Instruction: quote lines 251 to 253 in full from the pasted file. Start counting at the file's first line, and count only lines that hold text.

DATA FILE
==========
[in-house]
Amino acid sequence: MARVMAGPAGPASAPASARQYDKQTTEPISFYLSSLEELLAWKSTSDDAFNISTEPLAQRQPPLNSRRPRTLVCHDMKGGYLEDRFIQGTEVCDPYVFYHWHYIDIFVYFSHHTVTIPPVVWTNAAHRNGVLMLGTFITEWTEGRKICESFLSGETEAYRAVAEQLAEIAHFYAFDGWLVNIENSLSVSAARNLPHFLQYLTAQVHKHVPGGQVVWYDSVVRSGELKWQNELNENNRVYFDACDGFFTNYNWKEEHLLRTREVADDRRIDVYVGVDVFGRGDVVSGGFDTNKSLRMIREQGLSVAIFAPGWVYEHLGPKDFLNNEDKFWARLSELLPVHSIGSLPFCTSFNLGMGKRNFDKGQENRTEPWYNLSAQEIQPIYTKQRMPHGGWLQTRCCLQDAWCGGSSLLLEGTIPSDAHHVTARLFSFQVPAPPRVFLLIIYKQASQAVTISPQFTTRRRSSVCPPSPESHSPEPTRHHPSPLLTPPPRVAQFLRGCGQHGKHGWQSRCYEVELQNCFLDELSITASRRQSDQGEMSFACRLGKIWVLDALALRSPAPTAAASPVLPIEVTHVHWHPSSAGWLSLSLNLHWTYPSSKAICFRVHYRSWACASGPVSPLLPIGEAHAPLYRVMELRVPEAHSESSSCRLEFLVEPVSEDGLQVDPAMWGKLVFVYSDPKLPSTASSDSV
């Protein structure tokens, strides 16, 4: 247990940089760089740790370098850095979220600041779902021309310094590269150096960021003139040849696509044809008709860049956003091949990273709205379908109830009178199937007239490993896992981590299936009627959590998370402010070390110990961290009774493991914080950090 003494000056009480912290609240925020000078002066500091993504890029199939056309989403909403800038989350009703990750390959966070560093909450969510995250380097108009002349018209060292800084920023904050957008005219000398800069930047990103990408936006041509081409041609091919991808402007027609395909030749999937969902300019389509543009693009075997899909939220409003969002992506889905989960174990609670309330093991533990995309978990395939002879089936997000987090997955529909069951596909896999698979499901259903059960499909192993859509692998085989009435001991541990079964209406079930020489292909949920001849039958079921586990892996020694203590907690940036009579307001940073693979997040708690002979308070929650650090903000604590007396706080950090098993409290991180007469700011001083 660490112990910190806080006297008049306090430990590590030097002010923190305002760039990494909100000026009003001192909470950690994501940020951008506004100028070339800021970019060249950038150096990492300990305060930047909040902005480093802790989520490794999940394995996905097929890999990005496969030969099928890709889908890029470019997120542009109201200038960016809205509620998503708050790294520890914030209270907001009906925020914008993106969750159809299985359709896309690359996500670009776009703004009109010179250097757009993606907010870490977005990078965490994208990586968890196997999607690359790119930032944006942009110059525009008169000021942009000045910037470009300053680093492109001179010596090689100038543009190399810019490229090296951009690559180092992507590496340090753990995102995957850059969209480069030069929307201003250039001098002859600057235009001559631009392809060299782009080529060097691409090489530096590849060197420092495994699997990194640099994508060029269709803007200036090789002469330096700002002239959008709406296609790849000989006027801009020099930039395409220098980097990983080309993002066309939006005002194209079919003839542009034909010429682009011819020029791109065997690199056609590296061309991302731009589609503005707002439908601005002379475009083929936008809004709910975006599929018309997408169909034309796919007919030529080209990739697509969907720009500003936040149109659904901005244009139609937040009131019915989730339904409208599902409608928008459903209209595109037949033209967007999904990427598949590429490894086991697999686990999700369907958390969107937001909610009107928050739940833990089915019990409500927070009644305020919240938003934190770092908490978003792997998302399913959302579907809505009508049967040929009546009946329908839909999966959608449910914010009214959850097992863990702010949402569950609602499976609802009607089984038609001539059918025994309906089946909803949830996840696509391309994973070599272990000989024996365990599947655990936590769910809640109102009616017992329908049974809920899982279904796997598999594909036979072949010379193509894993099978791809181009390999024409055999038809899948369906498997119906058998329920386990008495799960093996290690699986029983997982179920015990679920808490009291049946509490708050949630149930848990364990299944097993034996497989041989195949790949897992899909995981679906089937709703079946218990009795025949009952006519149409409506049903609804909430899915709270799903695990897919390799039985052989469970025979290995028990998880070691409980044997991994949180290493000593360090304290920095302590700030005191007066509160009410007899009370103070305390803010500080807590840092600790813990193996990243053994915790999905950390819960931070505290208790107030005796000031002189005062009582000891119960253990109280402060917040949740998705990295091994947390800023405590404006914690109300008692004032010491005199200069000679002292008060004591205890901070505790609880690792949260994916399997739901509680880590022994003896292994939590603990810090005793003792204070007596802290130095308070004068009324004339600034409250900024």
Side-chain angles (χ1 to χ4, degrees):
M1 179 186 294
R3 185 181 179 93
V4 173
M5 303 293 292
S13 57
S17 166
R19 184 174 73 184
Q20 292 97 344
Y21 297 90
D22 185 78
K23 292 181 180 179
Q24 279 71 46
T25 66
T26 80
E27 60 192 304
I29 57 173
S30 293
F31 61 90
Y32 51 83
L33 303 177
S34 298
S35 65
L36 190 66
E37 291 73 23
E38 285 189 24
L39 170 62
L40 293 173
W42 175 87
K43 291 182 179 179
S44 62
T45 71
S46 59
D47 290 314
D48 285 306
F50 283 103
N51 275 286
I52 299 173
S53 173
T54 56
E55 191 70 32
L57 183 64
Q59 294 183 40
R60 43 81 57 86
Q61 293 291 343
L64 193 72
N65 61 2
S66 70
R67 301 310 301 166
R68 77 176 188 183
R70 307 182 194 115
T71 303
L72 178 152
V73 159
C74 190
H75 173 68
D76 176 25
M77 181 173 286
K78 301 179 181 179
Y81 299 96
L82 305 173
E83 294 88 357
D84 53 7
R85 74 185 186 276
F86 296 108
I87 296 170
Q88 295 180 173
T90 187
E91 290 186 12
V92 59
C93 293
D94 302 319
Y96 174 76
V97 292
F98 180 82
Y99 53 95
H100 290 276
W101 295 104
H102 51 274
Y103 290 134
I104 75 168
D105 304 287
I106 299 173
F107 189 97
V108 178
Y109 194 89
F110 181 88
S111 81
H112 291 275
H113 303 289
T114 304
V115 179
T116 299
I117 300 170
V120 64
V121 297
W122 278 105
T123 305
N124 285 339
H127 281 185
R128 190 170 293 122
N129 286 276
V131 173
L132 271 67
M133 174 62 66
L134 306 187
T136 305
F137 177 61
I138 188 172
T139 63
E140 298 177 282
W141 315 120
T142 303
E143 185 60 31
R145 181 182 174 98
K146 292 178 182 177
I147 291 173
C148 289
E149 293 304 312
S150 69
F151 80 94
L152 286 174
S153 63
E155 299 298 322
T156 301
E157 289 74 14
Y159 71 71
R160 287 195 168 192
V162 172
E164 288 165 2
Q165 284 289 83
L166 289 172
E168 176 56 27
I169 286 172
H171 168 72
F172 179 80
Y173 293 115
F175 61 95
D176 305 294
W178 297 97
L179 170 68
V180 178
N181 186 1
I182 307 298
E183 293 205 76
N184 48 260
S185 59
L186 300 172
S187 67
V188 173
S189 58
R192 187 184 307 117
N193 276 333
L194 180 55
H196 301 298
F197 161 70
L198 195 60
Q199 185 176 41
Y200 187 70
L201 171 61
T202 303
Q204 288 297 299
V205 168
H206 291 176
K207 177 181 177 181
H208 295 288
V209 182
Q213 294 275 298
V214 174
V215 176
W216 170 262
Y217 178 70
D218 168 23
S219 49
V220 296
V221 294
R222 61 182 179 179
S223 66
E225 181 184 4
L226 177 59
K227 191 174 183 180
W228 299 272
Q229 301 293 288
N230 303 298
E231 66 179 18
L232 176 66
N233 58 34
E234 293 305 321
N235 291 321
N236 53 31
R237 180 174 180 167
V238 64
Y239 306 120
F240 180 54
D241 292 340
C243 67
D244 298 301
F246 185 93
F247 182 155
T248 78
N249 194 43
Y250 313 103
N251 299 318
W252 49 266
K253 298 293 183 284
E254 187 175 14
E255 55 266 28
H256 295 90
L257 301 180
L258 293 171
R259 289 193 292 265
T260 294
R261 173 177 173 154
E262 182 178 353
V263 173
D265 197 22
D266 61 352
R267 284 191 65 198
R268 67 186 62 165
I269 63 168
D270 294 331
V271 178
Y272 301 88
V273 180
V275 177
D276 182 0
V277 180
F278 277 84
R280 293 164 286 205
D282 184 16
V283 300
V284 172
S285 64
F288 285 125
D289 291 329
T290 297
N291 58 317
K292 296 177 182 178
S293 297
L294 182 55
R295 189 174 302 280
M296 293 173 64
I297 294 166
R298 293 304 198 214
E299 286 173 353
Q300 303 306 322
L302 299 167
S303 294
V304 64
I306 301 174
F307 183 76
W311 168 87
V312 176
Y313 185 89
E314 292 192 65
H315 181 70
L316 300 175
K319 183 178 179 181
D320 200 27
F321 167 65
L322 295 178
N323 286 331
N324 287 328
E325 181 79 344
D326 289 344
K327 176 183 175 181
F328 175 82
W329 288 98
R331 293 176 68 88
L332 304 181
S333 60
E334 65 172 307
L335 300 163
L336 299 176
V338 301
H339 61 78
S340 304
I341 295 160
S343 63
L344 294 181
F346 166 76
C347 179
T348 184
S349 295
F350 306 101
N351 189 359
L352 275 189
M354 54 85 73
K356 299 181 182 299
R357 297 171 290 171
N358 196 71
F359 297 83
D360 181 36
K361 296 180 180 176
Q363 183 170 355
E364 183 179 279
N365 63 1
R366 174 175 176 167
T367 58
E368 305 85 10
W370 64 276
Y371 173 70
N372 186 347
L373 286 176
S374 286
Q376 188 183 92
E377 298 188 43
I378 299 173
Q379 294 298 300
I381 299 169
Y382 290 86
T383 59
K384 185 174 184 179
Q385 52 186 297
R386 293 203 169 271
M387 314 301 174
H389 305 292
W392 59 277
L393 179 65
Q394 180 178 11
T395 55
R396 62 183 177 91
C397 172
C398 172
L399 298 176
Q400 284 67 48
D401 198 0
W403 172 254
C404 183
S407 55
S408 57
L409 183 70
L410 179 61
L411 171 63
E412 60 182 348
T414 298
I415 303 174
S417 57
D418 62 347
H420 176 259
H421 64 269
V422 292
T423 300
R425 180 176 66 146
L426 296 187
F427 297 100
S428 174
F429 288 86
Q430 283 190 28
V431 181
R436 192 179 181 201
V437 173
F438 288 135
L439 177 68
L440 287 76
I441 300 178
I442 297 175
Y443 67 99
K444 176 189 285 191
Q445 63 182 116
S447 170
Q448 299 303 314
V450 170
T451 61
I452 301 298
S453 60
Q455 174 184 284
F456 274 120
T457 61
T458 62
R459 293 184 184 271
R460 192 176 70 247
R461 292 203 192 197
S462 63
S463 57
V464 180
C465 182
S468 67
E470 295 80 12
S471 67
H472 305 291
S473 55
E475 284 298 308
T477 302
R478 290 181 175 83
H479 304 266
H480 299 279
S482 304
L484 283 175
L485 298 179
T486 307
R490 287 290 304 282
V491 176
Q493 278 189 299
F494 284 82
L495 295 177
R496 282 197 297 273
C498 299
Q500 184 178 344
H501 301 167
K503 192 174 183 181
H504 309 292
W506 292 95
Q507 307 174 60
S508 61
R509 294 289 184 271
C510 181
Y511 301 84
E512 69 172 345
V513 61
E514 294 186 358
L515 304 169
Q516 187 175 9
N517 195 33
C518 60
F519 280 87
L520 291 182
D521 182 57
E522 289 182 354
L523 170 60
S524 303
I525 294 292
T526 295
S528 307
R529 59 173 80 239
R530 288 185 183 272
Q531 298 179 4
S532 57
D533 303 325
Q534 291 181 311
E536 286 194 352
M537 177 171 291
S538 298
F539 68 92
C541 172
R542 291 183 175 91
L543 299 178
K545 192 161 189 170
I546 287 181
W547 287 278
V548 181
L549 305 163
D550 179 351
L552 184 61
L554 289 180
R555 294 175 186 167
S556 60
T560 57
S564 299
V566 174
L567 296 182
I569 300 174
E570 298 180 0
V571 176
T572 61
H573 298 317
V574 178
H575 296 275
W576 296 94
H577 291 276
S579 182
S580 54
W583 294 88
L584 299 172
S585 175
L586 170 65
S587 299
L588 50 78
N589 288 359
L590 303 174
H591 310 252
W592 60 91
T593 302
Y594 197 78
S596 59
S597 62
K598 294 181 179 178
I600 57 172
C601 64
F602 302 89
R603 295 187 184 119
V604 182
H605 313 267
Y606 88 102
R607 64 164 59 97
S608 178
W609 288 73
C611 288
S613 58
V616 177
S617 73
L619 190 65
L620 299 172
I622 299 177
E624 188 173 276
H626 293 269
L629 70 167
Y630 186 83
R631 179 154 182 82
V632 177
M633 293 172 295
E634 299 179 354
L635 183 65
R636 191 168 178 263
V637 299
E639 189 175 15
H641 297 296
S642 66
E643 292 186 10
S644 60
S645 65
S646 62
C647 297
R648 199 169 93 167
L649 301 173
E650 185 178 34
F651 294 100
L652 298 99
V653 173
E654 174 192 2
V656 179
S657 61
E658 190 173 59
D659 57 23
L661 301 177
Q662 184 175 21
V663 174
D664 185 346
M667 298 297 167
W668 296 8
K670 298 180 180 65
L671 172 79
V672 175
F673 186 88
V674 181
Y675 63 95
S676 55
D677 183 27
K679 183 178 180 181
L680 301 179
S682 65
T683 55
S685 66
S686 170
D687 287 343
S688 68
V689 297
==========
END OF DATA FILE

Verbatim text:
S303 294
V304 64
I306 301 174